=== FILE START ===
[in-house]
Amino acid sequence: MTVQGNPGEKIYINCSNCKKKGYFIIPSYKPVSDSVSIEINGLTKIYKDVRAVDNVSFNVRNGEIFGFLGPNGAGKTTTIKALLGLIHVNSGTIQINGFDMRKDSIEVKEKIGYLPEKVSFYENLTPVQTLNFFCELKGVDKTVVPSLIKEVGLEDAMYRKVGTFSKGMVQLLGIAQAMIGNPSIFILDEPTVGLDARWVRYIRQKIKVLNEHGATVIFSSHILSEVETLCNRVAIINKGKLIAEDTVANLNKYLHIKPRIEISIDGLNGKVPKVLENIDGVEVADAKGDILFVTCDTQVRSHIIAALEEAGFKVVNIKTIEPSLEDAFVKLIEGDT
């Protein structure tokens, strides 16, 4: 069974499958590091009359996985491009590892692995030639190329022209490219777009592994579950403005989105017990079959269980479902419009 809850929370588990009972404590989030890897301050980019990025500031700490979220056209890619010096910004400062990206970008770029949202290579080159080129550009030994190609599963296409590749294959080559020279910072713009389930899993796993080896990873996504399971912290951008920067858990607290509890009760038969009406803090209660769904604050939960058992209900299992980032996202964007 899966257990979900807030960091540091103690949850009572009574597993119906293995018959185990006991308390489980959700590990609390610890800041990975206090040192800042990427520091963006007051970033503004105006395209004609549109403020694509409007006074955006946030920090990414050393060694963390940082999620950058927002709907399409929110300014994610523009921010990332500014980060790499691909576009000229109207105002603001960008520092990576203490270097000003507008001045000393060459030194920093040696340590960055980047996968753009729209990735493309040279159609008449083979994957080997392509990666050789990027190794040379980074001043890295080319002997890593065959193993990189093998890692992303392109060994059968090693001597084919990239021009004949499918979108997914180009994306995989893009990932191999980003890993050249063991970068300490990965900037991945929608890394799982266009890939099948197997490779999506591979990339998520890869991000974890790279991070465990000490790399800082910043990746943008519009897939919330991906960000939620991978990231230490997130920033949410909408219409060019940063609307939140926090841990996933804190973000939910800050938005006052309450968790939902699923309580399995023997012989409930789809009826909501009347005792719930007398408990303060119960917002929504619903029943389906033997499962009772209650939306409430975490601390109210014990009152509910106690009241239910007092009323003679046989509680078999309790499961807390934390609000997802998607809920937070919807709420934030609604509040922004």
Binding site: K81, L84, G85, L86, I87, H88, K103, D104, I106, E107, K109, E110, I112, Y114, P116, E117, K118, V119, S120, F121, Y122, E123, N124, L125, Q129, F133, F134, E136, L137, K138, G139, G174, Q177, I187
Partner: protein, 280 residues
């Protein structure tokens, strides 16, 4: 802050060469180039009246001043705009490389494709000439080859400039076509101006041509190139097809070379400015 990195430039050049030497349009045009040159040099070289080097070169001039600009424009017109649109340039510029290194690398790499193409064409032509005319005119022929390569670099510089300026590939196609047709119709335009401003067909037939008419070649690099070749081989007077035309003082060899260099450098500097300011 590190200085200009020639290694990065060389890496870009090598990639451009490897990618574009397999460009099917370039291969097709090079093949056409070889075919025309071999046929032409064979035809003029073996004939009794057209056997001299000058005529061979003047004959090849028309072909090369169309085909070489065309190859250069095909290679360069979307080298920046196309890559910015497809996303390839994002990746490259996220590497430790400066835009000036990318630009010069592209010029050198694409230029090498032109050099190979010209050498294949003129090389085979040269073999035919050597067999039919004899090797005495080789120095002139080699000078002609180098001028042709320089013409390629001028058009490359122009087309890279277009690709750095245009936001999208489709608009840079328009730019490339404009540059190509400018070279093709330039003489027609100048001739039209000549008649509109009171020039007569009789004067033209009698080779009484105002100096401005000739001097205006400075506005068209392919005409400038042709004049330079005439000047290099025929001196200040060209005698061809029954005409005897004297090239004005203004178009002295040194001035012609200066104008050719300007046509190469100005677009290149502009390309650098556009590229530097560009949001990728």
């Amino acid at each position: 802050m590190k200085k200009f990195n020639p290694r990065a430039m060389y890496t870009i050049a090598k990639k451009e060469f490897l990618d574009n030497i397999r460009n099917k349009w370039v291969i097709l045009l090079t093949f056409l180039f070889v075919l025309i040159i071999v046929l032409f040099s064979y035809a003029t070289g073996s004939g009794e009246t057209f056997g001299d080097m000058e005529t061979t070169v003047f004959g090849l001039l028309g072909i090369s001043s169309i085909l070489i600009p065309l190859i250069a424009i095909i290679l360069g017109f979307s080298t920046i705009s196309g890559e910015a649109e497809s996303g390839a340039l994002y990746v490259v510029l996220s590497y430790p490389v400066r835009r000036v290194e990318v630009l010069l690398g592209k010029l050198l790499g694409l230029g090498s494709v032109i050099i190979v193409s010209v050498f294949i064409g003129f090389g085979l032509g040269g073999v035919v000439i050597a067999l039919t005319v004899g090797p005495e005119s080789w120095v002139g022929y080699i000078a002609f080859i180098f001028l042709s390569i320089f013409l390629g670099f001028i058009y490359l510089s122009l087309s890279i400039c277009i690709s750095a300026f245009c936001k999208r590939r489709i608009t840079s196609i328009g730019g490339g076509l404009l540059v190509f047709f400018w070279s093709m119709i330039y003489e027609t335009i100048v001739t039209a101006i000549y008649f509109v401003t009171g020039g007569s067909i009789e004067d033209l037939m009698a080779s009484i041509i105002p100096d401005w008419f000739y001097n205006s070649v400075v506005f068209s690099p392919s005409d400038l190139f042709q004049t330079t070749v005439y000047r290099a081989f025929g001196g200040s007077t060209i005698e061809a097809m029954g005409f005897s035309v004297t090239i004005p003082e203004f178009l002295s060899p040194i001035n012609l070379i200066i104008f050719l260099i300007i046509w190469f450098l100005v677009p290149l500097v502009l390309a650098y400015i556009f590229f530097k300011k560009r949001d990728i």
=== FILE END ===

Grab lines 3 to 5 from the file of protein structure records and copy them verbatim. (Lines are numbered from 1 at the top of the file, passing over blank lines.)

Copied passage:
């Protein structure tokens, strides 16, 4: 069974499958590091009359996985491009590892692995030639190329022209490219777009592994579950403005989105017990079959269980479902419009 809850929370588990009972404590989030890897301050980019990025500031700490979220056209890619010096910004400062990206970008770029949202290579080159080129550009030994190609599963296409590749294959080559020279910072713009389930899993796993080896990873996504399971912290951008920067858990607290509890009760038969009406803090209660769904604050939960058992209900299992980032996202964007 899966257990979900807030960091540091103690949850009572009574597993119906293995018959185990006991308390489980959700590990609390610890800041990975206090040192800042990427520091963006007051970033503004105006395209004609549109403020694509409007006074955006946030920090990414050393060694963390940082999620950058927002709907399409929110300014994610523009921010990332500014980060790499691909576009000229109207105002603001960008520092990576203490270097000003507008001045000393060459030194920093040696340590960055980047996968753009729209990735493309040279159609008449083979994957080997392509990666050789990027190794040379980074001043890295080319002997890593065959193993990189093998890692992303392109060994059968090693001597084919990239021009004949499918979108997914180009994306995989893009990932191999980003890993050249063991970068300490990965900037991945929608890394799982266009890939099948197997490779999506591979990339998520890869991000974890790279991070465990000490790399800082910043990746943008519009897939919330991906960000939620991978990231230490997130920033949410909408219409060019940063609307939140926090841990996933804190973000939910800050938005006052309450968790939902699923309580399995023997012989409930789809009826909501009347005792719930007398408990303060119960917002929504619903029943389906033997499962009772209650939306409430975490601390109210014990009152509910106690009241239910007092009323003679046989509680078999309790499961807390934390609000997802998607809920937070919807709420934030609604509040922004």
Binding site: K81, L84, G85, L86, I87, H88, K103, D104, I106, E107, K109, E110, I112, Y114, P116, E117, K118, V119, S120, F121, Y122, E123, N124, L125, Q129, F133, F134, E136, L137, K138, G139, G174, Q177, I187
Partner: protein, 280 residues